Bolton could be the best thing for the United Nations

Bolton could be the best thing for the United Nations
Some people wondered why I did not openly oppose John Bolton's nomination to be United Nations ambassador. The answer is: for the same reasons that the Republican Party cheered and supported the nomination of Howard Dean in the presidential primaries last summer.
My first instinct of course was to oppose Bolton, for this would surely be another nail in the coffin of American diplomacy, such as the loss of the American backed candidate in the Organization of American States recently. Then it occurred to me that the election of Bolton may yet prove to be a good thing in the long run for both the United States and for the United Nations. It has long been thought that the U.N. depends too much on the U.S. for support and leadership and the payment of its dues to fund projects. With Bolton as ambassador they will have to find ways to deal with problems without U.S. assistance, or even with U.S. open intervention and disruption. From that will come new alliances and more independence from regressive U.S. policies.
Congress just passed a bill called the U.N. Reform Act of 2005 to withhold U.S. dues from the United Nations if the United States does not approve of U.N. actions. The U.N. does need reform. For instance it should suspend the vote and the veto power of any country that has not fully paid its dues until such dues are paid. In fact it should get rid of the veto which is an obsolete relic of the Cold War era and institute full democracy to the United Nations -- one country, one vote, giving an equal voice to all the people of the world.
Are American opinions worth more than the opinions of other peoples? I don't think so. Not in a democracy anyway. That is the American way, and if it's good enough for us then it is what the U.N. needs too. The Security Council should be abolished just as that other relic of the Cold War, the Soviet Union, was. All this is possible if Bolton goes to the United Nations instead of a rational diplomat of the kind that Sen. George Voinovich prefers.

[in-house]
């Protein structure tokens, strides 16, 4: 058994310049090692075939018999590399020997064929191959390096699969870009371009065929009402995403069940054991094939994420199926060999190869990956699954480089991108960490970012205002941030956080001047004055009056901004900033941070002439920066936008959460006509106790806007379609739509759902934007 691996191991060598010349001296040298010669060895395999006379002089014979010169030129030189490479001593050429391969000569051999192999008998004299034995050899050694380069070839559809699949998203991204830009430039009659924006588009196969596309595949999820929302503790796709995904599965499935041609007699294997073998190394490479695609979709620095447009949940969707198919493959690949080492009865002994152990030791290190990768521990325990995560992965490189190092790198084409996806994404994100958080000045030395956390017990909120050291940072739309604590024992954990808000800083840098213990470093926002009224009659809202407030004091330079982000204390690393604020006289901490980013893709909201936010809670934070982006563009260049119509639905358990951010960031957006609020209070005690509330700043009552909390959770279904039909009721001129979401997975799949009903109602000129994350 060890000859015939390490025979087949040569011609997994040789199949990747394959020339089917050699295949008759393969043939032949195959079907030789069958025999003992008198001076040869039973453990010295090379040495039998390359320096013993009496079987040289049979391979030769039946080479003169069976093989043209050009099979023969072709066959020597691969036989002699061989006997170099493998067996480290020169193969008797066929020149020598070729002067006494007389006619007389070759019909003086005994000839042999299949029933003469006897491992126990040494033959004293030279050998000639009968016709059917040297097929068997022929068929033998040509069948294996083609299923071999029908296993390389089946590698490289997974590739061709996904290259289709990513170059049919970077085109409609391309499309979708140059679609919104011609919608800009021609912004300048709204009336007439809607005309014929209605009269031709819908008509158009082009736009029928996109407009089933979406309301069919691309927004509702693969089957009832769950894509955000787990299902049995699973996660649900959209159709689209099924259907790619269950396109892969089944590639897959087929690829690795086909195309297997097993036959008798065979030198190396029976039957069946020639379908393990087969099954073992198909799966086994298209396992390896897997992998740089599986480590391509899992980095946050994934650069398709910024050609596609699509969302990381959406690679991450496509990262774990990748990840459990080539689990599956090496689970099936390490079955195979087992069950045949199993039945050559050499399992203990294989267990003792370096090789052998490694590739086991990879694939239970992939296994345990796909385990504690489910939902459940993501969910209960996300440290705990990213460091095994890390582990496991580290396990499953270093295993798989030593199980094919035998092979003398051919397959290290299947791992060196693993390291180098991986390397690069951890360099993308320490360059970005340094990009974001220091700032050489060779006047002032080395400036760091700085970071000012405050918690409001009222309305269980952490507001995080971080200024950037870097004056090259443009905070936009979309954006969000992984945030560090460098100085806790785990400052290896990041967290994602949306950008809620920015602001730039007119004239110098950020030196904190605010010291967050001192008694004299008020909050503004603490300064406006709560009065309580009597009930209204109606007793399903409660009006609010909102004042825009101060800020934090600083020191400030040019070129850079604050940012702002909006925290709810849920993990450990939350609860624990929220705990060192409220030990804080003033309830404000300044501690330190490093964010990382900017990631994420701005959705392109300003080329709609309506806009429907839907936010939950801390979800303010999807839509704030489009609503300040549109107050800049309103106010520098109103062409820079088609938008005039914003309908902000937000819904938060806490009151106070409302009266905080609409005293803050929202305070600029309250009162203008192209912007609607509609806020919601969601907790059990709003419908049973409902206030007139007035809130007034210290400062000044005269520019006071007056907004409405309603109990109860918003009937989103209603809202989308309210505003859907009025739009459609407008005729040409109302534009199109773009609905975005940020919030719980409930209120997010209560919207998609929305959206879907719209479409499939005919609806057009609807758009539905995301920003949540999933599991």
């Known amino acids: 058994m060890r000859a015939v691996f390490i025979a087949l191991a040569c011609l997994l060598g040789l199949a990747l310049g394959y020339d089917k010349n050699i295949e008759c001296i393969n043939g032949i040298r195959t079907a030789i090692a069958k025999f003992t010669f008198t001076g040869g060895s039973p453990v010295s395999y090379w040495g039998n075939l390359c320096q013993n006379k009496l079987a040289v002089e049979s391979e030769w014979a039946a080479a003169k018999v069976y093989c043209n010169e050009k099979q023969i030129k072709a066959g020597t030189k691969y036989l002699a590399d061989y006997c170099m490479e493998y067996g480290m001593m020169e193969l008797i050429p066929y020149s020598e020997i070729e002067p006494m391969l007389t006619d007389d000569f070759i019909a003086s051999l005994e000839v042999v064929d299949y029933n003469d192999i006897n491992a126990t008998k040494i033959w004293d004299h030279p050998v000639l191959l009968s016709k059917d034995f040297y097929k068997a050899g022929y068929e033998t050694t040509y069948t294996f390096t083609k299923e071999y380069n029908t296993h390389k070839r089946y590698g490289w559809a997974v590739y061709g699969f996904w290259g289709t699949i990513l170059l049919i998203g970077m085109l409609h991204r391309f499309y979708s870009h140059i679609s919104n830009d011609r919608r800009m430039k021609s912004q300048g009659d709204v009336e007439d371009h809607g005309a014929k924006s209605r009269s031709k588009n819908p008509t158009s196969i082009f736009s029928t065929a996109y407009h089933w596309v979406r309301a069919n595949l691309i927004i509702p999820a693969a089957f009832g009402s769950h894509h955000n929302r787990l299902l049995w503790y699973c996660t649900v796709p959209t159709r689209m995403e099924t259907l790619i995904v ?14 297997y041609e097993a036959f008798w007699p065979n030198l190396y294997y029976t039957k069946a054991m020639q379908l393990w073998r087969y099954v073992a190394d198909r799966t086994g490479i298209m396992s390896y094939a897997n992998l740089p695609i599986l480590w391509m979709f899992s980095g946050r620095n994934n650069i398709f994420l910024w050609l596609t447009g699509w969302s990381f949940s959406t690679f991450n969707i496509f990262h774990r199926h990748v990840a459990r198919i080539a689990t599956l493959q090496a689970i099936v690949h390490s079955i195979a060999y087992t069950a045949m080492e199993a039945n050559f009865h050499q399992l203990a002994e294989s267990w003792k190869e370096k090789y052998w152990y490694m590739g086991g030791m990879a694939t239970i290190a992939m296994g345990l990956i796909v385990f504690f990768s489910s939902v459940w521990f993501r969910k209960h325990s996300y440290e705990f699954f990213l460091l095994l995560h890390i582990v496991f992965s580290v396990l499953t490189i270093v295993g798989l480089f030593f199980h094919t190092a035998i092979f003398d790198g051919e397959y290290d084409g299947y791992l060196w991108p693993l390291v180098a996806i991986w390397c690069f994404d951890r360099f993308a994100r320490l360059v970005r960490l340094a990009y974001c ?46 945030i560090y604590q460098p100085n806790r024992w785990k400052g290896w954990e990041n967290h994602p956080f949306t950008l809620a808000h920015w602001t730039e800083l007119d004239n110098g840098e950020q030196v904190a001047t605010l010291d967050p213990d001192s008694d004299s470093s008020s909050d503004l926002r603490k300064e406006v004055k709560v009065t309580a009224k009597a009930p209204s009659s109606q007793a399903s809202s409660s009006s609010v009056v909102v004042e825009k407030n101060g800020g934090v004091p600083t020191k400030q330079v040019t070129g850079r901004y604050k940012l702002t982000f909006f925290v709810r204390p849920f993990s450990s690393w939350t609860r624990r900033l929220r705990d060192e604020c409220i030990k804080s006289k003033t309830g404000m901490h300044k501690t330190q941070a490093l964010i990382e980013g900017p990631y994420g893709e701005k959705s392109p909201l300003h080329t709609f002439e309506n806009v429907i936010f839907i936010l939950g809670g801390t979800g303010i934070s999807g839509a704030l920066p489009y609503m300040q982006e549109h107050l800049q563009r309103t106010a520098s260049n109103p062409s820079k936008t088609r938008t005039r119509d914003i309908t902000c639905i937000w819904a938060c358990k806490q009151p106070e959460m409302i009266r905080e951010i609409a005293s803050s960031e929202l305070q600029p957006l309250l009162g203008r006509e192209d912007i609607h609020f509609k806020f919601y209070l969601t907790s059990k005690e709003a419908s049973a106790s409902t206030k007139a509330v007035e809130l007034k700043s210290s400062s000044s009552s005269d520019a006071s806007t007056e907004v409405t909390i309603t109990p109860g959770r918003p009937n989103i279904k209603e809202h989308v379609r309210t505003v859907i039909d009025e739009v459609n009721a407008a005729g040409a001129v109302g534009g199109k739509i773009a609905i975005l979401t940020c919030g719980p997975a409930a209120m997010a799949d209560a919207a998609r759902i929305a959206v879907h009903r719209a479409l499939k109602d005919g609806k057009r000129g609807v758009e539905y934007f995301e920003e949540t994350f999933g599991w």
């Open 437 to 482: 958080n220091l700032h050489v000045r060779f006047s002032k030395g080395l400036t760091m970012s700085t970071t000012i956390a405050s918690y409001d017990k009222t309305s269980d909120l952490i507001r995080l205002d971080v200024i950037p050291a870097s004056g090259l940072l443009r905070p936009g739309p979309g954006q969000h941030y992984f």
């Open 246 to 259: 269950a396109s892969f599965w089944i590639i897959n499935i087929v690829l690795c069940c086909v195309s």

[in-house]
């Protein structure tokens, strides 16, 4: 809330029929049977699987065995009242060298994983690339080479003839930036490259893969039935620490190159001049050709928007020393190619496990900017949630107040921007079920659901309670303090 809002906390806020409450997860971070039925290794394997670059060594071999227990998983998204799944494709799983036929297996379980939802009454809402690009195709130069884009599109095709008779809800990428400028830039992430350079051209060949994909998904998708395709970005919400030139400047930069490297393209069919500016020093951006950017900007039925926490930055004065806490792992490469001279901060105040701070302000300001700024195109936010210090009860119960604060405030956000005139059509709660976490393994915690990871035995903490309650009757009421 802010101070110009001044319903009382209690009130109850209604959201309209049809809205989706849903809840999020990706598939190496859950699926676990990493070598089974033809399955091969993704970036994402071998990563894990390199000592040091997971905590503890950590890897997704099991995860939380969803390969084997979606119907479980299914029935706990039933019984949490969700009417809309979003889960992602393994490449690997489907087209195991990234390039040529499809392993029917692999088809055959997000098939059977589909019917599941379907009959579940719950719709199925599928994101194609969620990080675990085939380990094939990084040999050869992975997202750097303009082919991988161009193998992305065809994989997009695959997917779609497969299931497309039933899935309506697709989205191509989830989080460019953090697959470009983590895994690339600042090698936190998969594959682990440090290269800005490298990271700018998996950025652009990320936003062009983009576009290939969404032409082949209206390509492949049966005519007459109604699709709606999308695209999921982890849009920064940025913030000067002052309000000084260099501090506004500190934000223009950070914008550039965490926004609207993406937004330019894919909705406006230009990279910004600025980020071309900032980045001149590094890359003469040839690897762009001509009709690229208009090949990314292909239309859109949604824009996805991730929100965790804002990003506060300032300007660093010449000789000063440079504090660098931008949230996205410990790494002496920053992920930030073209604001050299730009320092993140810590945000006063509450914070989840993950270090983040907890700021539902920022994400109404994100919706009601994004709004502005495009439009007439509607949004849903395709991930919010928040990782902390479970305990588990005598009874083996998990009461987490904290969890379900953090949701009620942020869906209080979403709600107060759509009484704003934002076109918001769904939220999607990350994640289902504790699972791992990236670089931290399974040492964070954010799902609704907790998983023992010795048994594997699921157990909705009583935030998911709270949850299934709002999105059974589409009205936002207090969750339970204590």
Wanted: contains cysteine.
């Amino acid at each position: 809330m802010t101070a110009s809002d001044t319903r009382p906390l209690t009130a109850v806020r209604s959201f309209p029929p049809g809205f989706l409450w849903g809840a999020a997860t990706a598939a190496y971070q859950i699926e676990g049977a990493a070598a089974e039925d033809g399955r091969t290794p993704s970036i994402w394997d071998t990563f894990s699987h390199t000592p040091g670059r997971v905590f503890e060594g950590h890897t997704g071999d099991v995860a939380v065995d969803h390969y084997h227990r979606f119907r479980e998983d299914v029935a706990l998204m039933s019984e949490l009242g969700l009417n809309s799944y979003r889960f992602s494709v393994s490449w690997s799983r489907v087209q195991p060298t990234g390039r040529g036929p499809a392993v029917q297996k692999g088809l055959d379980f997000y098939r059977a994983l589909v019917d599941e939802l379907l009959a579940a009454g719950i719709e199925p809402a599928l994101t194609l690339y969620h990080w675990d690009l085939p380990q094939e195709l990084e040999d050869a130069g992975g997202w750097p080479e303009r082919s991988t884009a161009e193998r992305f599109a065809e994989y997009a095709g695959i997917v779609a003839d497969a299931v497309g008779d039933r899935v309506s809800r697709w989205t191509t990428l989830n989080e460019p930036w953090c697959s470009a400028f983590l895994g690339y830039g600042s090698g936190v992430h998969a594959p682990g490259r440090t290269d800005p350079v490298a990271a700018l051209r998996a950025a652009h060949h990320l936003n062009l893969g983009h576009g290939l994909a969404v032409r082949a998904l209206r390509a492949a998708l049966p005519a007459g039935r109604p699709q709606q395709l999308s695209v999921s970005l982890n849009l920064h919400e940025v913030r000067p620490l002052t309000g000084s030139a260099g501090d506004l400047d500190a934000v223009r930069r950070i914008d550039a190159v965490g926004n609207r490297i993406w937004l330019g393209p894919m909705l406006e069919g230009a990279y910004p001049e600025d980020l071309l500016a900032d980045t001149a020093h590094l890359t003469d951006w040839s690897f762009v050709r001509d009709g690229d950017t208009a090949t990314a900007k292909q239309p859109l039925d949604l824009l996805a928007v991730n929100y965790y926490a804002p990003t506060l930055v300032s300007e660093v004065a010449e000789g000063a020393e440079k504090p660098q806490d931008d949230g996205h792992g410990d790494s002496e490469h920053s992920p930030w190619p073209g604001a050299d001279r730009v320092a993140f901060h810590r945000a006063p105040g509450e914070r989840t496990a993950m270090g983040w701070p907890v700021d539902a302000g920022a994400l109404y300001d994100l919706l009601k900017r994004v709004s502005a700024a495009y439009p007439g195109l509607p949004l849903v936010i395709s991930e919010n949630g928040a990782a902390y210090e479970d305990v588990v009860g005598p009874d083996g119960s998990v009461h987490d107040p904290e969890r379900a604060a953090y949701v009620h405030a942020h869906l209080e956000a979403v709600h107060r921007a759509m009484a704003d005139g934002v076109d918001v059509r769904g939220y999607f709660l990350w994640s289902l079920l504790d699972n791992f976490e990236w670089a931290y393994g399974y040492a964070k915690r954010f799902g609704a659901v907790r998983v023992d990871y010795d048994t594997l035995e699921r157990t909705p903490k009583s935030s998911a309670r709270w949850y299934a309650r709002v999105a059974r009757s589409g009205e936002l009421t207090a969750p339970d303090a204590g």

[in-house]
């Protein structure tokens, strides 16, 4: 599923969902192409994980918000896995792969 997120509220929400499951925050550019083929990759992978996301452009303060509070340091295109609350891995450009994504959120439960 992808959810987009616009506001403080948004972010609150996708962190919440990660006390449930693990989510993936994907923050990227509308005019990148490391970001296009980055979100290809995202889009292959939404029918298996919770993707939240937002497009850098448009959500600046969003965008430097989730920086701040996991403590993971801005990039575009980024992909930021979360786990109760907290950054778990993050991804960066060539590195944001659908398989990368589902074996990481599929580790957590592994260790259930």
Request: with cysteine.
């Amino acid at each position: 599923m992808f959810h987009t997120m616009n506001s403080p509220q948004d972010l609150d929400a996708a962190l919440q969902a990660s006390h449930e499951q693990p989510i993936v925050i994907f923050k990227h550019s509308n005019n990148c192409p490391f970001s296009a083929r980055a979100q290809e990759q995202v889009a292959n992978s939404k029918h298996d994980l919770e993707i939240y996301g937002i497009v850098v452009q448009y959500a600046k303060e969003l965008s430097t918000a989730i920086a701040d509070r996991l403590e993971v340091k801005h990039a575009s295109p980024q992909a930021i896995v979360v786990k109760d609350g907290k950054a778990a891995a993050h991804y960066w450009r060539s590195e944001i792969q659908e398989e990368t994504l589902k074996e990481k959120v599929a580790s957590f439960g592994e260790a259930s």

Concerns about police protection need clarification
I am writing this in response to a May 31 letter in The Vindicator that was written by a resident of Craig Beach Village, a sophomore at Jackson Milton High School. The writer expresses concern regarding local police protection. It is true that that we only employ one full-time officer. As a small village that receives extremely limited funds, it is necessary that our monies be spread out to cover as many areas as possible.
The writer suggests that people attend the local council meeting to bring concerns to the local governments' attention. I think this is a great idea, however, we rarely have an audience at any council meeting. If the writer would have attended any or both of our past two meetings, she would know that we are trying to adjust funds so that we can employ a part-time office. I welcome local residents to attend our monthly meeting or turn into the local cable channel to view the meeting. Even without residents present, I am well aware, along with my fellow council members, of problems in the village. We do our best to address and fix as many problems as possible.
The writer asked voters to vote "yes" on the upcoming Jackson Milton School levy. She states "the lack of policemen is a very big issue," all people have to do is take interest; vote "yes." What does voting and passing a school levy have to do with local government monies?
Our village will not receive any money from a passed school levy for additional police protection. The writer needs to understand that Craig Beach Village is financially independent from Jackson Milton School and vice-versa.
WANDA SABOL, council member
Craig Beach Village